provided a marginally more upbeat forecast Monday than it gave analysts three weeks ago, saying volume in its disparate business lines is trending higher and prices starting to firm.
The conglomerate also affirmed previous earnings estimates of $1.51 a share for 2002 and $1.55 to $1.70 a share in 2003. It said 12 of its 13 business lines are likely to show double-digit growth next year.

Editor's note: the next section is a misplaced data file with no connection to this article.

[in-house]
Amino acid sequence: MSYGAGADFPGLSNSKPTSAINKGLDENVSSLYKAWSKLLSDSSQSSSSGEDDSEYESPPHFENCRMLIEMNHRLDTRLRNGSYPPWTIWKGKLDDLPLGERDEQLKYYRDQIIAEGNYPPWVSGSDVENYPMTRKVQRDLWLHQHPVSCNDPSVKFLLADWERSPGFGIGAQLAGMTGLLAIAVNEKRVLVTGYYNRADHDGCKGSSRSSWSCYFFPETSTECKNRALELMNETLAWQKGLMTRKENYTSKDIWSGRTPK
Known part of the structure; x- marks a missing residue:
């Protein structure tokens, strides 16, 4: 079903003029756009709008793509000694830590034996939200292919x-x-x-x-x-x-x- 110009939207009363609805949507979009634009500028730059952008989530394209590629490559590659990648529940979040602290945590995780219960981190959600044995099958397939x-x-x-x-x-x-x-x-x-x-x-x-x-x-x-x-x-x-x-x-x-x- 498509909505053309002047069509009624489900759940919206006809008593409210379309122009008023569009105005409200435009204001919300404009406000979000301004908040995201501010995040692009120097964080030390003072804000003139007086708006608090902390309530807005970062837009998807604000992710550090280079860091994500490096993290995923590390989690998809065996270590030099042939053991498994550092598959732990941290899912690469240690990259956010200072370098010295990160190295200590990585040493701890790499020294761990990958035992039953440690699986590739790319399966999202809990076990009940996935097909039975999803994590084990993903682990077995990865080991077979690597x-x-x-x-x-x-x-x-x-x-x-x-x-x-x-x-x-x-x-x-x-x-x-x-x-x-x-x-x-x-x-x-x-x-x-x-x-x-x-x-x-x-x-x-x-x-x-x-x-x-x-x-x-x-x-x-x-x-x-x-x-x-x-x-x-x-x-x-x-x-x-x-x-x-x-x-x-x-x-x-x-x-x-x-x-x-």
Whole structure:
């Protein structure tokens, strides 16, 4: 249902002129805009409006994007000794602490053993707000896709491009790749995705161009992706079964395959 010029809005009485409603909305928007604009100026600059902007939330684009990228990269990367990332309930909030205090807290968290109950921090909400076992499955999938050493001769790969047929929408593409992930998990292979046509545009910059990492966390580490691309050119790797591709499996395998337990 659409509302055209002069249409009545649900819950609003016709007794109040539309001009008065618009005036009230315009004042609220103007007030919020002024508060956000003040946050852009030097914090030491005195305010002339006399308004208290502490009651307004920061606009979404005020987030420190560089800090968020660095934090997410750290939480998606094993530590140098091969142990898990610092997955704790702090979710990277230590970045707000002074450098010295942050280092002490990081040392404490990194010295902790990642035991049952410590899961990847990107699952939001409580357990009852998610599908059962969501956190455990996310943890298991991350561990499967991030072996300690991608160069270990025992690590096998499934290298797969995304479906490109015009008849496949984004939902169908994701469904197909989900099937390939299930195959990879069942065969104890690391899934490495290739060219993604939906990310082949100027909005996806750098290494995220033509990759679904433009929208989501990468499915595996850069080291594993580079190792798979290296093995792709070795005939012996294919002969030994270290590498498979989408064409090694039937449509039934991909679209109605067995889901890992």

Still, while the company's businesses are stabilizing, they so far lack a "spark" that would justify higher earnings guidance, GE said in a Web-based slide presentation ahead of an analyst call Tuesday morning by CEO Jeff Immelt.
The company expects a big slowdown in the growth of its power systems unit, but a 20% surge in operating profit at NBC.
GE's shares closed up 93 cents, or 3.7%, to $26.43 Monday.